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Can party switch give Muldowney win he missed in '98?

March 15, 2006|by BOB MAGINNIS

Love him or hate him - and there are many in both camps - few will deny that when Paul Muldowney served in the Maryland House of Delegates from 1978-86, he was one of the area's most effective legislators.

After setting up a campaign committee last September to explore another run against Del. John Donoghue, D-Washington, Muldowney made it official last week.

His decision to seek the District 2C seat was preceded by numerous contacts with local leaders of the Republican Party, which he joined two years after losing to Donoghue in the 1998 Democratic primary by fewer than 300 votes.

He is determined not to let that happen again and is planning what may be his most elaborate campaign ever.

It almost has to be. At age 70, he has been away from Annapolis as an office-holder for 20 years. Ronald Reagan proved that septuagenarians can still perform in office, but if Muldowney is defeated this time, waiting another four years to try again might not be an option.

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"Age is just a number," Muldowney said, adding that he works out as often as he did 20 years ago and still weighs the same as he did then.

He's not running because he needs the job. He and his partner sold the Supreme Block Co. to a competitor for what he told me was a good price and he remains a consultant for the firm.

He says he is running because he disagrees with Donoghue's stand on a variety of issues, including the so-called Wal-Mart bill.

That measure in effect forces the giant retailer to spend more money on health care for its employees. The bill's backers claimed that Wal-Mart was allowing the state to pick up the costs that it wouldn't.

Muldowney said the bill is bad public policy. Though it only applies to Wal-Mart now, he said, the law could be amended in the future to force even small employers to give their employees health care. That could mean fewer jobs statewide, he said.

Calling Donoghue "disengaged," Muldowney said that a truly effective representative would have found a way to upgrade the U.S. 40/Edgewood Drive intersection five years ago. Nor would a good delegate have stood by while private citizens raised millions for a stadium at North Hagerstown High School.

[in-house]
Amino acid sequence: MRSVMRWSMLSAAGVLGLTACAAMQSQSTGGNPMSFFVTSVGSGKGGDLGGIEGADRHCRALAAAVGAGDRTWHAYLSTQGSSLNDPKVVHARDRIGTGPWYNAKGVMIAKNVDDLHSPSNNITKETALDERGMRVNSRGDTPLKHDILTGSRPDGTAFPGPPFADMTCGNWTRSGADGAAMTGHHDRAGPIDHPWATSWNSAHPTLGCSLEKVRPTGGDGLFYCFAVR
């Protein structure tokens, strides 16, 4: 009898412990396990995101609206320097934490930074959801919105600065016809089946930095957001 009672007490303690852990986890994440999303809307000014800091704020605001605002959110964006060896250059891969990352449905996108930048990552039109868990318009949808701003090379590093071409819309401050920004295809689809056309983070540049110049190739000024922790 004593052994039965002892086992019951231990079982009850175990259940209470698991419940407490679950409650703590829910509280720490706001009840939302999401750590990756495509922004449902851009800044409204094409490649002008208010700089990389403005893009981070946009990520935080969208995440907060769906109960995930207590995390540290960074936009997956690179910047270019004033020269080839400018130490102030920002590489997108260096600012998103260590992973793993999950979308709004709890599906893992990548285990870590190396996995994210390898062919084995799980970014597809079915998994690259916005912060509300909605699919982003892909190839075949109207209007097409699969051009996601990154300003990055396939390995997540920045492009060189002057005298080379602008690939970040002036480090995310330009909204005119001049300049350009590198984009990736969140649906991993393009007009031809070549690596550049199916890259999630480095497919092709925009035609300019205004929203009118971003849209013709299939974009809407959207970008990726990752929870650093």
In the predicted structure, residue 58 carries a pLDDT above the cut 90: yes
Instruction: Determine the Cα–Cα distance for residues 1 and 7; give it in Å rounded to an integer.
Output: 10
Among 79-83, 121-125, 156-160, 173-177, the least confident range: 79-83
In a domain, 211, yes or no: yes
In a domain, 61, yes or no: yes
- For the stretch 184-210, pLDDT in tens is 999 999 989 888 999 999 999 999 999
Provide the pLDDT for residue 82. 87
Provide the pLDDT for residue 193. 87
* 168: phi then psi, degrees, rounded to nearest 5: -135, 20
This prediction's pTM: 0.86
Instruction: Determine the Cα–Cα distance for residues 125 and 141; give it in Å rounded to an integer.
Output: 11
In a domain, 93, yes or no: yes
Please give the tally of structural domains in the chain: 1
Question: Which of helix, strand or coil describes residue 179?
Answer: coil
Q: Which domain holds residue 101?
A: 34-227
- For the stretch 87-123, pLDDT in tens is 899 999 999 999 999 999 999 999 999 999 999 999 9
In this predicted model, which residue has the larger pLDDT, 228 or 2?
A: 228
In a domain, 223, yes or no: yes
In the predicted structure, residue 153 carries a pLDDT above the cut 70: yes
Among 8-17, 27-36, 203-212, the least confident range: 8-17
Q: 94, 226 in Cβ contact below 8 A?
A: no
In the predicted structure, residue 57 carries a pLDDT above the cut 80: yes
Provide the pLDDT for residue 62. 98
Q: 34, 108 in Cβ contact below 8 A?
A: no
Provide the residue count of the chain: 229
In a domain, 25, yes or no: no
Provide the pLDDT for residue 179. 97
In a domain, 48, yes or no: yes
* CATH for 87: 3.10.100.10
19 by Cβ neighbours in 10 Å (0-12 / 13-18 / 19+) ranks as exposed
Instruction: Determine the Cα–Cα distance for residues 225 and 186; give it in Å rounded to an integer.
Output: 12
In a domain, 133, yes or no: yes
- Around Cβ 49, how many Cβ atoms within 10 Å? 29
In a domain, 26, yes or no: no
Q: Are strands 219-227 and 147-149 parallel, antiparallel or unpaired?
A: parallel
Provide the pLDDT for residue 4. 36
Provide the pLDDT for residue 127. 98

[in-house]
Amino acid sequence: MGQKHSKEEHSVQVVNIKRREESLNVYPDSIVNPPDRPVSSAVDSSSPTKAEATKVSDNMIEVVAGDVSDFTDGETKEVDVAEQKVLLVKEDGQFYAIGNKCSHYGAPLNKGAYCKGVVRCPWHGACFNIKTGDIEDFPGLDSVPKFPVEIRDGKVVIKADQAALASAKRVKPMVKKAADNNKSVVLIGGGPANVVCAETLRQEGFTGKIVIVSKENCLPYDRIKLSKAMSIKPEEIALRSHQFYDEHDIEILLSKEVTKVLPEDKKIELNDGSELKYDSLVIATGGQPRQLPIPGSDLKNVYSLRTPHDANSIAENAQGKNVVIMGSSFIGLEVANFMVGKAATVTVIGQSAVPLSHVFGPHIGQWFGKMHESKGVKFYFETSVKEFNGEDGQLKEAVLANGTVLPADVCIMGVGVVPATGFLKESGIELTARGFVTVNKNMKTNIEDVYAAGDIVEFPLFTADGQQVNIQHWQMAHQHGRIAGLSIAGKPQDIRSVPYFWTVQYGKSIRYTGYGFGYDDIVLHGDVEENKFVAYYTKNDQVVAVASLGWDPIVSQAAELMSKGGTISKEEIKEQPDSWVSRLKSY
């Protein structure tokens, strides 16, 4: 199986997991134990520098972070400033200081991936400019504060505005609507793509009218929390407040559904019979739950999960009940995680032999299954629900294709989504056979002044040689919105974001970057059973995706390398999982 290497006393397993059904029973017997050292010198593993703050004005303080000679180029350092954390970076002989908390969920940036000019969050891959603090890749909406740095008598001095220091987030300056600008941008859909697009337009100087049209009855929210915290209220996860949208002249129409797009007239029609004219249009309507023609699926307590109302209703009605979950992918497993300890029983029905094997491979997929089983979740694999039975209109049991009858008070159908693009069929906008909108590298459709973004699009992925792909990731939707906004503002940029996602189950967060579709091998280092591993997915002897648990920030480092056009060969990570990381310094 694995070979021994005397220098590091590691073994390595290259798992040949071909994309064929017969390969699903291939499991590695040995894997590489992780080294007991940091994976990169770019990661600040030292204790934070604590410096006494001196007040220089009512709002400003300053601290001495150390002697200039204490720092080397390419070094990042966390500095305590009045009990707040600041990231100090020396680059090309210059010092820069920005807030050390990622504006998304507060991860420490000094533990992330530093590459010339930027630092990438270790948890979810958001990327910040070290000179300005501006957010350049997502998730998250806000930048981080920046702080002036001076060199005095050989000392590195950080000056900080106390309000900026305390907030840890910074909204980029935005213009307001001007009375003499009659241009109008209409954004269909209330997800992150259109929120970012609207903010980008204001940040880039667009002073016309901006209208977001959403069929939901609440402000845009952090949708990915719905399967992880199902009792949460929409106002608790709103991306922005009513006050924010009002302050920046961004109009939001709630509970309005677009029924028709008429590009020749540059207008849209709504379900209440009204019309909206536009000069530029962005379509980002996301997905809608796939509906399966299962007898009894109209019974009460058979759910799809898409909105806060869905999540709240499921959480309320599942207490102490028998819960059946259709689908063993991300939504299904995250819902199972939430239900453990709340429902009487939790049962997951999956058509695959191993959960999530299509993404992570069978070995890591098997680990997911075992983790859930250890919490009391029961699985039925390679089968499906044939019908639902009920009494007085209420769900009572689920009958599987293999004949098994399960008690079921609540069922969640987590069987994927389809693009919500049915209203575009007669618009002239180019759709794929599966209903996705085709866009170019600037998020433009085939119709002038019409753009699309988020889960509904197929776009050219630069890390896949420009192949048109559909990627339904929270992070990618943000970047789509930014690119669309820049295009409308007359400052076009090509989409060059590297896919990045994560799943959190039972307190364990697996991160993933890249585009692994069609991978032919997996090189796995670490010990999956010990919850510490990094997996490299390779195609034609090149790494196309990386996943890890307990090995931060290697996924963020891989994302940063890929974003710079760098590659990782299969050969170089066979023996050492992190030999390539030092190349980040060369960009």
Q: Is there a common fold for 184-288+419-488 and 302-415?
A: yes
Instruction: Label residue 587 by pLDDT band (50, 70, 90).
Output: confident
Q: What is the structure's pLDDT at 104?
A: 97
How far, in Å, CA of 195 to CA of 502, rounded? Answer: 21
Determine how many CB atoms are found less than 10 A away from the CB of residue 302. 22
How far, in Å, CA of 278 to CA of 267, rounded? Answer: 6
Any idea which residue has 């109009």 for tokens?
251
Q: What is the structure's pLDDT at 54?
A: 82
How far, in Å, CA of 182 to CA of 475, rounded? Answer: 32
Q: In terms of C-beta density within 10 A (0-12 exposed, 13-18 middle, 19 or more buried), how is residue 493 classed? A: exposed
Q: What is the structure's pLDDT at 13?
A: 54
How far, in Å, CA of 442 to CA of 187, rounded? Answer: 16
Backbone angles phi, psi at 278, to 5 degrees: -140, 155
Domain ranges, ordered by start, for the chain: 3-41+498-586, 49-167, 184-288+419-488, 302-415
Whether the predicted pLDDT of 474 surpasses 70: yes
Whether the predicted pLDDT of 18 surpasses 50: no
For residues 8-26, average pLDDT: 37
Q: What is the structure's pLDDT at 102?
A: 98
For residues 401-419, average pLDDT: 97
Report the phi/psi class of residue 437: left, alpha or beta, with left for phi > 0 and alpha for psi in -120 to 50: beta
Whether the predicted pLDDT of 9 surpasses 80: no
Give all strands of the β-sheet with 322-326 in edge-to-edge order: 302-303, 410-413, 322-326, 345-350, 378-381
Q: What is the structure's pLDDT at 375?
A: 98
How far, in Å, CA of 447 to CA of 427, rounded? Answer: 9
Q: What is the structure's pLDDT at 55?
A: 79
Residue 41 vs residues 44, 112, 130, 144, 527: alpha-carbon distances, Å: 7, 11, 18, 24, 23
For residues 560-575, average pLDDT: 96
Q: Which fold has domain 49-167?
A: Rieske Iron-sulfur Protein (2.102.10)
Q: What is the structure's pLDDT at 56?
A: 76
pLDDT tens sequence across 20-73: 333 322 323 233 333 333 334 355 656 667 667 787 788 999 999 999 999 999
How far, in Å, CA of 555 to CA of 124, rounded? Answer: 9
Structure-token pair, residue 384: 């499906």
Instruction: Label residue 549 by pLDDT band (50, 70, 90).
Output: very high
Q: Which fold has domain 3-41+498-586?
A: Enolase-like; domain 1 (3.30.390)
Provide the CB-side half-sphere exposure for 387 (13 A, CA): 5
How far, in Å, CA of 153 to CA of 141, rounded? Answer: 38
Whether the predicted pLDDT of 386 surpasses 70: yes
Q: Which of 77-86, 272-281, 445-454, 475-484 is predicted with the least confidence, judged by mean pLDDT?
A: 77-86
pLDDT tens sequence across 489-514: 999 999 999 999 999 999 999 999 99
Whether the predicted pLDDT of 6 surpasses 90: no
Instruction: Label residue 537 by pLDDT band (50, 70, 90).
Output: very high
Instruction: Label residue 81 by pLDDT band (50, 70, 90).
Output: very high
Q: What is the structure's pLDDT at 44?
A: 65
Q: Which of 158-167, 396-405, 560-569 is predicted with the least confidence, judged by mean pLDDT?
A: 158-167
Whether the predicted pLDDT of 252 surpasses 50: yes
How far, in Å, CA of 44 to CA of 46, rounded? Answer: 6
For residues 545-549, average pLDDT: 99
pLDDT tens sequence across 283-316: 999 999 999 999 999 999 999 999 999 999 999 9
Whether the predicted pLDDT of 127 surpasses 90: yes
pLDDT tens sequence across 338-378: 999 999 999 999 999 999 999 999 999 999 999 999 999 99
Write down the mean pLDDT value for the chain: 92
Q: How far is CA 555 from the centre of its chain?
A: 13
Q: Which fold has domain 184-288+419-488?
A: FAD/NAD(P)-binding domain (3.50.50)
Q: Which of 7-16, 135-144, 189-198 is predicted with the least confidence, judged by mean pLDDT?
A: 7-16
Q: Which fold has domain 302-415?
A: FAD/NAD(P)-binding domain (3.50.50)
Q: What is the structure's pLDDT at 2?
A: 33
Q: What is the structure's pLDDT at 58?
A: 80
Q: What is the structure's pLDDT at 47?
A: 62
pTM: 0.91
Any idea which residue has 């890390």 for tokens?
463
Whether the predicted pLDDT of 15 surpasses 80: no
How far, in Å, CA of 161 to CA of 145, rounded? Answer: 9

That should have been paid for by the state, just as has been done at almost every other Maryland school, Muldowney said.

The former delegate also criticized Donoghue's record of constituent service, saying that the incumbent often doesn't return phone calls.

Asked how he knew that, Muldowney said, "Just ask anybody."

Whether that is true would be hard to determine, unless a lot of readers weigh in one way or the other. What isn't hard to see is that on a variety of issues important to the City of Hagerstown, Donoghue's fingerprints have been tough to find - and the District 2C boundaries are basically the city limits.

In early 2004, after Councilman Kristin Aleshire criticized Donoghue for not showing up at a couple of events, I interviewed council members about how effective an advocate they felt Donoghue had been on city issues.

Most were diplomatic, but Councilman Lew Metzner said that Donoghue could really help with the city's ongoing disputes with county government.

But Donoghue said that "as far as leadership on squabbles between the city and the county, I don't feel that my job is to be referee or disciplinarian. I answer to the same voters that they do and they do their jobs as they see fit."

It's not my job, he said, to be "heavy-handed and authoritarian."

That was two years ago and the issues facing the city are essentially the same - annexation policy, Washington County Hospital's move to Robinwood and the fact that the County Commissioners are still using general fund money collected from city residents to subsidize some county residents' sewer rates.

Should the city's General Assembly representative be more involved in such issues, or is an arm's-length approach the best way to go? Voters need to think long and hard about that question as the District 2C contest proceeds.




Bob Maginnis is editorial page editor of The Herald-Mail newspapers

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